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Sane cow disease: Will ranchers and consumers catch grass-fed fever?

By Wylie Harris

(Monday, May 24, 2004 -- CropChoice guest commentary) -- Like most U.S. ranchers, I went a little weak in the knees at this country’s first case of mad-cow disease. But after the quick rebound in cattle prices and consumer confidence, I’m more heartsick than relieved. For all the harm that one BSE-infected cow could have done the beef industry, she also sent a signal for much-needed changes that would increase both the economic viability of small cattle producers and the health and safety value of our product. So far, that signal has gone unheard.

The USDA has closed its investigation, saying that U.S. beef is still the safest in the world. But 86 % of the cattle that came in from Canada with the sick one are still unaccounted for. The FDA banned downer cattle from human consumption – but now the word is that the infected one wasn’t a downer after all. Of the 23 other countries that have had one case of BSE, all but four have found others, many younger than 30 months. But instead of trying to get a handle on the size of our problem, we’re ignoring it.

Testing every cow slaughtered, as Japan does, would cost the beef industry a high-end estimate of $500 million – a fraction of the $3 billion lost to other countries’ BSE-induced bans on U.S. beef. Controlling 80% of the market, the largest four feeders and packers can weather a hit like that. It may even help them further consolidate their share – an idea that sounds less far-fetched with a federal court having just fined the nation’s largest beef packer almost $1.3 billion for manipulating prices.

Sixty-three per cent of U.S. beef is processed in just 14 giant plants, each handling over a million animals a year. When operations of that size dominate, safety and care give way to speed and volume. This explains both the frequency of beef recalls like ConAgra’s 19 million pound one in 2002, and the fact that a recent study found that half of sampled supermarket meats in Washington, D.C., contained antibiotic-resistant bacteria.

The system grew these warts in response to political lobbying by the big feeders and packers. Time and again, these companies have fought legislation that benefited consumers and small producers: country-of-origin labeling, bans on downer cattle, and prohibitions on animal tissues – thought to be the source of BSE – in feedlot rations.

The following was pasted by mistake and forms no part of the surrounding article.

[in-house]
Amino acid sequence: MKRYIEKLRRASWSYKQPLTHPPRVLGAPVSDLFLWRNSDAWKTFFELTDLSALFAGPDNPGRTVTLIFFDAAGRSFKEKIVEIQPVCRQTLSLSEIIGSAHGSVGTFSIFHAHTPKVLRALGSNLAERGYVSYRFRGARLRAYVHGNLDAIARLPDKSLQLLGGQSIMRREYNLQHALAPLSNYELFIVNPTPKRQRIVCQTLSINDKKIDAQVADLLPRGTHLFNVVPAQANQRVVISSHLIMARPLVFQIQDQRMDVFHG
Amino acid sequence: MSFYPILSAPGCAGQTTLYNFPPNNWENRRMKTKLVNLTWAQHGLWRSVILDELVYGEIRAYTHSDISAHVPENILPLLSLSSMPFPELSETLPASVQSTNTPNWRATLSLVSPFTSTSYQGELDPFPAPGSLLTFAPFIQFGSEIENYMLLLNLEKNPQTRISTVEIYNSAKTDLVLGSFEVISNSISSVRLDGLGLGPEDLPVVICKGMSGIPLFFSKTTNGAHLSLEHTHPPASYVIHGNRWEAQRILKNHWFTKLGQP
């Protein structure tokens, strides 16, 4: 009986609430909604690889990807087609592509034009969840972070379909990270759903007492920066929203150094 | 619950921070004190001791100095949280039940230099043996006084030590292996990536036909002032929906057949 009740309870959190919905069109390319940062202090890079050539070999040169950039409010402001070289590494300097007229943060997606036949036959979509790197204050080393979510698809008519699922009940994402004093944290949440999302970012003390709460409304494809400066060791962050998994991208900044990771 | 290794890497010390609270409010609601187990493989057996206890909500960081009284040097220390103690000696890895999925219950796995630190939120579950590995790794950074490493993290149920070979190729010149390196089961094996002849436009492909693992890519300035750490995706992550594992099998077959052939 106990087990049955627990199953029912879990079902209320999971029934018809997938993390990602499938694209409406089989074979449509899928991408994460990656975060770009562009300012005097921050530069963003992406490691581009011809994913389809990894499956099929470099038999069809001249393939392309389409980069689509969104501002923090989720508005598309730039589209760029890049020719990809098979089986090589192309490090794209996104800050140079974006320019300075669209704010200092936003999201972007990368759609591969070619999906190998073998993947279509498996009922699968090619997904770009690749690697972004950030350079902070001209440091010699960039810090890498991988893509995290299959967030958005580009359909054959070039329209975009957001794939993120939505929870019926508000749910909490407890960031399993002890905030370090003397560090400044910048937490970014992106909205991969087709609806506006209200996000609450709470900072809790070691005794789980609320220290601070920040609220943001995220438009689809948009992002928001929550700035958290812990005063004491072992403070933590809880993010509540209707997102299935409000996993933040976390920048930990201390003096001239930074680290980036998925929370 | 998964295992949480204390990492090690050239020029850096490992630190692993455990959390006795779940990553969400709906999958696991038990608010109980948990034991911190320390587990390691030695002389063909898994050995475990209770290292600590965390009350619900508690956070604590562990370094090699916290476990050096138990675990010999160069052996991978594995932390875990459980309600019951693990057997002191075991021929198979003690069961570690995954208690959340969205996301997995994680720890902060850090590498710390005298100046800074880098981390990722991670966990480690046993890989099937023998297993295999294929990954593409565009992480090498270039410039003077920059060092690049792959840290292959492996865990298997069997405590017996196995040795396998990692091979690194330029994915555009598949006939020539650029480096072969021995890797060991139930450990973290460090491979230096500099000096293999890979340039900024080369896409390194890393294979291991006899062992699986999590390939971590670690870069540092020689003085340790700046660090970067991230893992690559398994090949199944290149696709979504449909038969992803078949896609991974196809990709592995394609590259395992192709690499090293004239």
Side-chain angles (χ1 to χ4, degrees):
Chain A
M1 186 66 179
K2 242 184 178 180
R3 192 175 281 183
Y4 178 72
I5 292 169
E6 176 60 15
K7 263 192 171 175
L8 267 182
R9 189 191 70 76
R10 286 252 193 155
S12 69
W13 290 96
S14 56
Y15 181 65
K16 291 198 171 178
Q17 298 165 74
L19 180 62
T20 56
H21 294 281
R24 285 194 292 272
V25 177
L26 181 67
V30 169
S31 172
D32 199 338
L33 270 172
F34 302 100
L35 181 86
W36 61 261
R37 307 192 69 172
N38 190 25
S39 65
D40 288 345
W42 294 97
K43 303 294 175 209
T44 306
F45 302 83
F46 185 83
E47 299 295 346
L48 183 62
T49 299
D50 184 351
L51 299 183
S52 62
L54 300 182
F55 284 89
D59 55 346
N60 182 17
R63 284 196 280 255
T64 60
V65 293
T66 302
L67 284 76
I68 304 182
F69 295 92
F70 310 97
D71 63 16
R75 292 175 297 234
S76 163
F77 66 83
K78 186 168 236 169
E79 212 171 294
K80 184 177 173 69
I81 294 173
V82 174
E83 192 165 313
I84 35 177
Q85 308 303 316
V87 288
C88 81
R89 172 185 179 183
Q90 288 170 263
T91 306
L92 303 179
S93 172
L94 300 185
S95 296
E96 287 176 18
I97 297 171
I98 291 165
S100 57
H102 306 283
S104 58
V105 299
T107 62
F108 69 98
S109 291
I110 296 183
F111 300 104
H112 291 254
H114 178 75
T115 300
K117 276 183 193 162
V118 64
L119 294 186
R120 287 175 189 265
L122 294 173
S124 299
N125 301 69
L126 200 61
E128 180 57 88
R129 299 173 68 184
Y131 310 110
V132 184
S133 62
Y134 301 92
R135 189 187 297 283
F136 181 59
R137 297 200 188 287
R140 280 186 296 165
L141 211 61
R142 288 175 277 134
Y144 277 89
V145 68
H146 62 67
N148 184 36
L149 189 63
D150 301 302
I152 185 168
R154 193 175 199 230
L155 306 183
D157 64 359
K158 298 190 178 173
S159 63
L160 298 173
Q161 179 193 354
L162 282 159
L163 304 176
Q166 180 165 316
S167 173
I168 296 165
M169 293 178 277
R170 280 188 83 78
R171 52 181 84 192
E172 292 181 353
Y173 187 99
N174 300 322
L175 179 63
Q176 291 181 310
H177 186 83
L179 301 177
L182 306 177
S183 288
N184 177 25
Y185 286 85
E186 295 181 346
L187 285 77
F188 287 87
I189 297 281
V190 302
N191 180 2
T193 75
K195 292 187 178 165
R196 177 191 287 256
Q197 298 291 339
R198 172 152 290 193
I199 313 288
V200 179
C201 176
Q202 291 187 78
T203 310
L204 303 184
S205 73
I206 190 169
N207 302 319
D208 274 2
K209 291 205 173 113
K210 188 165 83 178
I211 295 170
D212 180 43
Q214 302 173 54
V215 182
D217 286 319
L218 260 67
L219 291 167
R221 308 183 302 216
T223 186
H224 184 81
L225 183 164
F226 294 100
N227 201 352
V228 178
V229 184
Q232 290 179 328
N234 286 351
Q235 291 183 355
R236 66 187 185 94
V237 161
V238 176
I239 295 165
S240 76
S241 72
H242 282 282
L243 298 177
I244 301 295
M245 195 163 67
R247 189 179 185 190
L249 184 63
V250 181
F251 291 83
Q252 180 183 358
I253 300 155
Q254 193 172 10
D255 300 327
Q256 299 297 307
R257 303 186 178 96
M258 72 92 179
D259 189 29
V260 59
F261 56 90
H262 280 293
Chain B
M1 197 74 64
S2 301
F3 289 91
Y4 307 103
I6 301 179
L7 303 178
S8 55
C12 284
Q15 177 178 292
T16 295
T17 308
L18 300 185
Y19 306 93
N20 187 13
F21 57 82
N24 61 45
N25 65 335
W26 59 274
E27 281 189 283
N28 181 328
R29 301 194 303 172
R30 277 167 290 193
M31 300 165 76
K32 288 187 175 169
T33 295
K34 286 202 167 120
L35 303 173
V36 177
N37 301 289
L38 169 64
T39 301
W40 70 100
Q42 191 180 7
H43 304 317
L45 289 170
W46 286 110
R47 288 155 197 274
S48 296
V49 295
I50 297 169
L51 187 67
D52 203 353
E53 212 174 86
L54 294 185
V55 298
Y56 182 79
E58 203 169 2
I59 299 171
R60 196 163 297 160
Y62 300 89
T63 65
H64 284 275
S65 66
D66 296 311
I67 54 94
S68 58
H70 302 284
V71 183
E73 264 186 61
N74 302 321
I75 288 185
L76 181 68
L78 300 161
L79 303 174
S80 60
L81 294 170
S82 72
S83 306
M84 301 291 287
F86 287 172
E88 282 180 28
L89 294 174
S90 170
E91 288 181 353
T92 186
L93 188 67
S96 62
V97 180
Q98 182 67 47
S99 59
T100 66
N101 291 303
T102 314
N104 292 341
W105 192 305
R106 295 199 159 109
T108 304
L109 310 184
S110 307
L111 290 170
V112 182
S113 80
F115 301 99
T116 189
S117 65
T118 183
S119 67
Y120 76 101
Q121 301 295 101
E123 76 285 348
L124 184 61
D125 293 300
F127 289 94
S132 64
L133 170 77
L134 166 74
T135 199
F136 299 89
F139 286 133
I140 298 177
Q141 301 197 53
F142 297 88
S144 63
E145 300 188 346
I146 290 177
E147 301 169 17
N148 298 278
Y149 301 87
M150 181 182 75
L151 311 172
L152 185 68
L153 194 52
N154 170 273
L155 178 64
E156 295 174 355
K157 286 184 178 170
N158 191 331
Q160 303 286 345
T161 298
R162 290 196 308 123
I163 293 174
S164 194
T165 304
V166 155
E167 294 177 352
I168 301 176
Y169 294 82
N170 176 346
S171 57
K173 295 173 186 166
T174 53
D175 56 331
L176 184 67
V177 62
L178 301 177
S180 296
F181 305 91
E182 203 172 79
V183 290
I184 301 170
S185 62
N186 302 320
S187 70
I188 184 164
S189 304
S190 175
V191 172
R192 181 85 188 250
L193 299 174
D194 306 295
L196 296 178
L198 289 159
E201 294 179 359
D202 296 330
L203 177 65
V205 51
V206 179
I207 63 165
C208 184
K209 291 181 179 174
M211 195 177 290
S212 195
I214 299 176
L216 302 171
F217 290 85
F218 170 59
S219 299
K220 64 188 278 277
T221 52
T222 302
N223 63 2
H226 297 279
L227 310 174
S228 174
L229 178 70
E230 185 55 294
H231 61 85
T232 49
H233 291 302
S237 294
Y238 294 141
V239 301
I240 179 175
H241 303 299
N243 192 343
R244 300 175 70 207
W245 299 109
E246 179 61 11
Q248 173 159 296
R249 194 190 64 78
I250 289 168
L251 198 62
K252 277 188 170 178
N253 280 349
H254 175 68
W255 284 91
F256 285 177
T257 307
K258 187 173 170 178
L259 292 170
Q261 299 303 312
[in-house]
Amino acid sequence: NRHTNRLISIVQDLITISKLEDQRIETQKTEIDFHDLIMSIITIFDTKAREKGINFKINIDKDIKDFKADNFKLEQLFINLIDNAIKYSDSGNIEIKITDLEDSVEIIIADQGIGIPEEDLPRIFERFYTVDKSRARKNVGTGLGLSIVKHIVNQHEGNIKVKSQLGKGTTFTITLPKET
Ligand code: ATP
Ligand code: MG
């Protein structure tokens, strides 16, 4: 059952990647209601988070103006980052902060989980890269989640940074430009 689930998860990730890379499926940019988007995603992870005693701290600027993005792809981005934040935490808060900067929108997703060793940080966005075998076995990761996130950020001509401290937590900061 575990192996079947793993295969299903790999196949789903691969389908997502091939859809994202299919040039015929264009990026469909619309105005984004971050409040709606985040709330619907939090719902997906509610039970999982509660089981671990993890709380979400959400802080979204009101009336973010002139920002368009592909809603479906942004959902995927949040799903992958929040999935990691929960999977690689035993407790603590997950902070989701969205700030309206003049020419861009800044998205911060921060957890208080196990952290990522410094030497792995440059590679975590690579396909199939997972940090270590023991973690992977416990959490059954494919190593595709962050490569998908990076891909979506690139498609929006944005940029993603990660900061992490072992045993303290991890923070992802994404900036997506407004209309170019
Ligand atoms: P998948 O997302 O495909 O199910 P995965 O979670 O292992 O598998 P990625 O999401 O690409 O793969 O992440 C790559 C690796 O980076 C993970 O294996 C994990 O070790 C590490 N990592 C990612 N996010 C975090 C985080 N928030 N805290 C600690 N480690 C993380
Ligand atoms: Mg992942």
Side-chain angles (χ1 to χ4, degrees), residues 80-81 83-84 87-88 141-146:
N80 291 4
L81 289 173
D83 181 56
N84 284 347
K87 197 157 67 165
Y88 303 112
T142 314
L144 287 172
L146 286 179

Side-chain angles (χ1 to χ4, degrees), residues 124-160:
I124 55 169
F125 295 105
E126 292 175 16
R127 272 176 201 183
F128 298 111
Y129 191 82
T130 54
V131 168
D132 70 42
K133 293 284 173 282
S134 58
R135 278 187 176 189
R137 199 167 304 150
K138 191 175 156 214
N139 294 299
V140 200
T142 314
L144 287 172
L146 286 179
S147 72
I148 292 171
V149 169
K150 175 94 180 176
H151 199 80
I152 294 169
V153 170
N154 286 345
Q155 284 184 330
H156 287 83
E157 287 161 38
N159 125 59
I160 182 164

Scientific studies show that grass-fed beef is leaner, healthier, and safer than the feedlot variety. It’s frustrating to raise calves on pasture, only to sell them into a feedlot system that neither recognizes nor preserves the value of the practice. But against the market share and political clout of the industry giants, there doesn’t seem to be much choice.

Or is there? Though 90% of fattened beef cattle in the U.S. come from feedlots holding upwards of 500 animals, half of them start out in herds smaller than 100 head, many on pasture. A quarter of these are in Oklahoma, Kansas, and Texas, where most producers still have a custom processor within 30 miles.

Kerr Center surveys found that 47% to 80% of consumers in those states would pay up to $1.60 more per pound – 16 times the cost of universal BSE testing – for “natural beef,” which was defined in the survey as “a high quality beef product raised without any hormones or antibiotics. Family farmers and ranchers who produce natural beef are committed to agricultural production methods that ensure the protection and enhancement of natural resources and believe in humane treatment of animals.”

Pasture-finished beef fits this definition well. Small producers who pasture-finish, custom-process, and direct-market their beef can create a safer, saner product, boost their local economies, and earn higher profits. The first step is only a trailer ride away, and customers are as close as websites like www.eatwellguide.org.

This piece first appeared in Field Notes, v.30, #1, spring 2004. Used by permission of Oklahoma's Kerr Center for Sustainable Agriculture). ( http://www.kerrcenter.com/nwsltr/2004/spring2004/news_sane_cow.html )